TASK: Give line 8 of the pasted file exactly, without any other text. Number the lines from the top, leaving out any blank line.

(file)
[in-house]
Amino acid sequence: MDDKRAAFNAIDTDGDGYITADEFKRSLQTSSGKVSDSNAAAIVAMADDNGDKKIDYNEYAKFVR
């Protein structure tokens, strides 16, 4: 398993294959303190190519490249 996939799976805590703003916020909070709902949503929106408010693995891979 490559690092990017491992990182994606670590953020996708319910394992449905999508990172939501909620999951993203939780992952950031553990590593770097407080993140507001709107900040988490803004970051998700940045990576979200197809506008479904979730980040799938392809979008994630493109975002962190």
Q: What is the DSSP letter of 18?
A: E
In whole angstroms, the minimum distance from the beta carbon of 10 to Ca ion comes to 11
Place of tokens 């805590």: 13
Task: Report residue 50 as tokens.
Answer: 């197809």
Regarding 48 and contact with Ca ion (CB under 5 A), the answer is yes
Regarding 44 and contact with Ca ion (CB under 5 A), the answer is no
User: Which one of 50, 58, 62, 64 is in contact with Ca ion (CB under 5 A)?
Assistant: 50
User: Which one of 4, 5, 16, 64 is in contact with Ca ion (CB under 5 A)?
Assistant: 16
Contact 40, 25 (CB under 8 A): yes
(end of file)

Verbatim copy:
Task: Report residue 50 as tokens.